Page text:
Glycosylation has a pivotal role in a diverse range of biological activities, modulating the structure and function of proteins. Glycogens coupled to the nitrogen atom (N-linked) of asparagine side chains or to the oxygen atom (O-linked) of serine and threonine side chains represent the two major protein glycosylation forms. N-glycans can be released by glycosidases, whereas O-glycans are often cleaved by chemical reaction. However, it is challenging to combine these enzymatic and chemical reactions in order to analyze both N- and O-glycans. We recently developed a glycoprotei n immobilization for glycan extraction (GIG) method that allows for the simultaneous analysis of N- and O-glycans on a solid support. GIG enables quantitative analysis of N-glycans and O-glycans from a single specimen and can be applied to a high-throughput automated platform. Here we provide a step-by-step GIG protocol that includes procedures for (i) protein immobilization on an aldehyde-active solid support by reductive amination; (ii) stabilization of fragile sialic acids by carbodiimide coupling; (iii) release of N-glycans by PNGase F digestion; (iv) release of O-glycans by β-elimination using ammonia in the presence of 1-phenyl-3-methyl-5-pyrazolone (PMP) to prevent alditol peeling from O-glycans; (v) mass spectrometry (MS) analysis; and (vi) data analysis for identification of glycans using in-house developed software (GIG Tool; free to download via http://www.biomarkercenter.org/gigtool). The GIG tool extracts precursor masses, oxonium ions and glycan fragments from tandem (liquid chromatography (LC)-MS/MS) mass spectra for glycan identification, and reporter ions from quaternary amine containing isobaric tag for glycan (QUANTITY) isobaric tags are used for quantification of the relative abundance of N-glycans. The GIG protocol takes 1/43 d.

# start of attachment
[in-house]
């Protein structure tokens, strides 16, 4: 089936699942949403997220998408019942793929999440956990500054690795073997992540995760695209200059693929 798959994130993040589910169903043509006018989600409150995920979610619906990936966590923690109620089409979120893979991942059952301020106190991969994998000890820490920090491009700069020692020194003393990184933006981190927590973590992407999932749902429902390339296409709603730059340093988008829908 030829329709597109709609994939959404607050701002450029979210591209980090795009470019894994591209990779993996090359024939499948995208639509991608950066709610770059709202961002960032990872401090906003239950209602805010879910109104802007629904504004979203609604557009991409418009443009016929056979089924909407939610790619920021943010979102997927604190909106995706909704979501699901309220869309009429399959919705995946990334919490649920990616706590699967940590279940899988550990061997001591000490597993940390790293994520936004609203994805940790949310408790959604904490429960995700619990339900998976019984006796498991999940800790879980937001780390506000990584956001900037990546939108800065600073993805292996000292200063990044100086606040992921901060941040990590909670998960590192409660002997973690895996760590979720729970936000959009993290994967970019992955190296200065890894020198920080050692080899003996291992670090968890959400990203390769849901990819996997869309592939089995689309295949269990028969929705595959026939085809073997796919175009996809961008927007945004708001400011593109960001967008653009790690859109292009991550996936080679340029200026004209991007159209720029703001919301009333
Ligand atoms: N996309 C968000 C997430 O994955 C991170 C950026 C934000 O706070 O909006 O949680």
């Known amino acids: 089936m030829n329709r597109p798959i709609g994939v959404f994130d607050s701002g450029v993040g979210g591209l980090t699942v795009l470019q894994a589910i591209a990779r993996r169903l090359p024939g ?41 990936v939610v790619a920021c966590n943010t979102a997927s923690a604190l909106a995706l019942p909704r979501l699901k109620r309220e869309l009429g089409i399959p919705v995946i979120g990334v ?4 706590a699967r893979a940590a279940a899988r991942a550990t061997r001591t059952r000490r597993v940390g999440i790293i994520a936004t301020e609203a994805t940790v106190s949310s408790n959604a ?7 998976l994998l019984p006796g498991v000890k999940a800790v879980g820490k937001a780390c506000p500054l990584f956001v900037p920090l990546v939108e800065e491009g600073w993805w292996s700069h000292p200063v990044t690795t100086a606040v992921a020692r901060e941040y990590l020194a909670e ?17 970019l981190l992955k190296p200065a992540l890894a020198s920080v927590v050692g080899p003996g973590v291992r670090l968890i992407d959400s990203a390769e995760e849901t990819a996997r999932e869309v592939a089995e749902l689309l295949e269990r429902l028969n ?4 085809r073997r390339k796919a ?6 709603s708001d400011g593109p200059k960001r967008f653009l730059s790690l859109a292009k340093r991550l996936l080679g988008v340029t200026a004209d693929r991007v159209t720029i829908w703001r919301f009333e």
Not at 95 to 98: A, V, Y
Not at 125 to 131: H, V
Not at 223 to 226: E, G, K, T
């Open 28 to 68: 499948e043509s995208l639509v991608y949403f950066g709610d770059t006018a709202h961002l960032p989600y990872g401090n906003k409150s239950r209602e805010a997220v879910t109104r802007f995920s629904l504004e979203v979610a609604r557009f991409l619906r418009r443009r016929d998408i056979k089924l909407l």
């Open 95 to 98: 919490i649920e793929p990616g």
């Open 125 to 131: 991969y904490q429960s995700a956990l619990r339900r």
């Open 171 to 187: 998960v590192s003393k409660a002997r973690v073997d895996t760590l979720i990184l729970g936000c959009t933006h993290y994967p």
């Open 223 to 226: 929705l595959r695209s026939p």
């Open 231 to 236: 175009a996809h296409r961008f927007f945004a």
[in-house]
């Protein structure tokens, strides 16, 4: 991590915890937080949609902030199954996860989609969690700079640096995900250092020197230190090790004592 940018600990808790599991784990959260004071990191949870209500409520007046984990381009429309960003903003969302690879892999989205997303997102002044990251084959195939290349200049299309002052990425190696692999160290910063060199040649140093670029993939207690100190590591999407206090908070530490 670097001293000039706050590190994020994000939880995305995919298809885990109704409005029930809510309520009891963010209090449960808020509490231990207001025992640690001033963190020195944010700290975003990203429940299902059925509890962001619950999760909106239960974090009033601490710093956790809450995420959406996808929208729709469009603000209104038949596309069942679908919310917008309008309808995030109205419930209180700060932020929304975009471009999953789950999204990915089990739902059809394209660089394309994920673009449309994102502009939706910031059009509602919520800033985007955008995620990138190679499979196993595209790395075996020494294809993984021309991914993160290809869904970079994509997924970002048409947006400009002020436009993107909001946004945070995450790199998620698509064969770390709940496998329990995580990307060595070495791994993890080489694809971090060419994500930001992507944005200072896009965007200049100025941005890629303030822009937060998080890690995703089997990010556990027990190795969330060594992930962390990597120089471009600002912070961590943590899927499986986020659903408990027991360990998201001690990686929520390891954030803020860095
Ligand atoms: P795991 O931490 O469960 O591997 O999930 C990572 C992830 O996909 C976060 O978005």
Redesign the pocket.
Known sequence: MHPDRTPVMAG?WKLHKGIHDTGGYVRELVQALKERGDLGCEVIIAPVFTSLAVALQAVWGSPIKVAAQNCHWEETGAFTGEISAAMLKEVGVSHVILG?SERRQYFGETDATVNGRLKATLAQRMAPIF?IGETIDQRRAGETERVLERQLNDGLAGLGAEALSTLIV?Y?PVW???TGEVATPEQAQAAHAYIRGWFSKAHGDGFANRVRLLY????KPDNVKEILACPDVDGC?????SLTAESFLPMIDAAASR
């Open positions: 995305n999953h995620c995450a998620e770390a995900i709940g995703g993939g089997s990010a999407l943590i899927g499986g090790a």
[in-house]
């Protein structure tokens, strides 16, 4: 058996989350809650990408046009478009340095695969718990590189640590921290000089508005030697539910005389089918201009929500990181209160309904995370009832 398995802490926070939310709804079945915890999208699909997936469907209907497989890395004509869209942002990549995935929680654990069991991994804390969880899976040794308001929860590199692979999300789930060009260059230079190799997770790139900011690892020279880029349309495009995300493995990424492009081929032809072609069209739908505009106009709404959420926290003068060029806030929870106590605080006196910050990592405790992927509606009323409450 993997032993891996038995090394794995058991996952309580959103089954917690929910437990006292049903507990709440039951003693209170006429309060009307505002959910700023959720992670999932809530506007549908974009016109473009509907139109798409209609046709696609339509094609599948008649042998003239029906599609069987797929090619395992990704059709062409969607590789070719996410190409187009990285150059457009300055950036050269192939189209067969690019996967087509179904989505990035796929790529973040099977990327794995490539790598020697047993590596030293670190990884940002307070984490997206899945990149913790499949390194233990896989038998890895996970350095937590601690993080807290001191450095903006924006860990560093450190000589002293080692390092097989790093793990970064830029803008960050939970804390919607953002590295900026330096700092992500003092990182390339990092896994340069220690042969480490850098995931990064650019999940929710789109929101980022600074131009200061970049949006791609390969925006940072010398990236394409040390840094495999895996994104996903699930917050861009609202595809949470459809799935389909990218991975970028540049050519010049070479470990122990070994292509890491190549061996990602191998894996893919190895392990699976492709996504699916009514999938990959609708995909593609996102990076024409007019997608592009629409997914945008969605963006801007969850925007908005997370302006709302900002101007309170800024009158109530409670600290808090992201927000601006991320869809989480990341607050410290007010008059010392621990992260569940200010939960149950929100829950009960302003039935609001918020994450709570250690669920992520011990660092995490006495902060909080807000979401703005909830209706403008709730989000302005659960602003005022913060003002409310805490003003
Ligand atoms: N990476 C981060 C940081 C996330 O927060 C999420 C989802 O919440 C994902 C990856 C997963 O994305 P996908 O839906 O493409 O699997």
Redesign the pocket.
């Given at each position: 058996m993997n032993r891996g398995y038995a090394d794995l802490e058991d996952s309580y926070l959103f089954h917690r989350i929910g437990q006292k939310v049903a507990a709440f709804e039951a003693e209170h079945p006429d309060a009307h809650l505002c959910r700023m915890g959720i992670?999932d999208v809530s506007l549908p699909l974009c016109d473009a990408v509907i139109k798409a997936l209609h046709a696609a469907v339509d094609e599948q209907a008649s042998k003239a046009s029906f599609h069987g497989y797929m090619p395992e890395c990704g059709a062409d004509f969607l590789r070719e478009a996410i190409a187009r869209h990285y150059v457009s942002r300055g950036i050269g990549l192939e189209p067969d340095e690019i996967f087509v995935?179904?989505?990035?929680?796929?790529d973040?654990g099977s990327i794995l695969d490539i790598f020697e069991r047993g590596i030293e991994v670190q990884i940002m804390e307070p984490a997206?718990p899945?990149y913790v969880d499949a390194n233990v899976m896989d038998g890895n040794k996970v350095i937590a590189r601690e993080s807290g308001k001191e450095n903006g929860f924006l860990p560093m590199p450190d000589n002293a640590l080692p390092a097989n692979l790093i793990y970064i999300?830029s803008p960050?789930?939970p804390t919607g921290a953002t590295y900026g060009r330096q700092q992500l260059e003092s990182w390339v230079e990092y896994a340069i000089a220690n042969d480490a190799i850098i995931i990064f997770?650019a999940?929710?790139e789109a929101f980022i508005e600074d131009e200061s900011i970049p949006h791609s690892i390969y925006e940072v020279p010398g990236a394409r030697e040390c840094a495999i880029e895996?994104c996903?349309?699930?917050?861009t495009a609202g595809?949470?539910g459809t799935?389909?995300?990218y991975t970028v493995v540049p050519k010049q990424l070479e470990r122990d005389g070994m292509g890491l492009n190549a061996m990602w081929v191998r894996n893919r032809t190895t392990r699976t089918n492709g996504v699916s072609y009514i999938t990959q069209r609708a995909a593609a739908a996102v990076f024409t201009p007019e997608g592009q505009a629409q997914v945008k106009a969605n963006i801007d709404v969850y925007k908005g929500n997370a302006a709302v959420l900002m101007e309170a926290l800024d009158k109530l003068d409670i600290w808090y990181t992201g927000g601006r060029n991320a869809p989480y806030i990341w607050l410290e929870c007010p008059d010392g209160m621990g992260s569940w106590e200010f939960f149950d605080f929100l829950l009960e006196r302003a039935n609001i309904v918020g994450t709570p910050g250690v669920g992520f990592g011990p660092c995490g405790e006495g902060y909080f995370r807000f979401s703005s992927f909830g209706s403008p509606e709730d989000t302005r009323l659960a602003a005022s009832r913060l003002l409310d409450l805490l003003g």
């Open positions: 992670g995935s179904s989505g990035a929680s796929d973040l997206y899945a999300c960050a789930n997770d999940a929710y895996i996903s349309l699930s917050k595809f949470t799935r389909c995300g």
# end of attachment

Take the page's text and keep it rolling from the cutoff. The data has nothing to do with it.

ASJC Scopus subject areas
- Biochemistry, Genetics and Molecular Biology(all)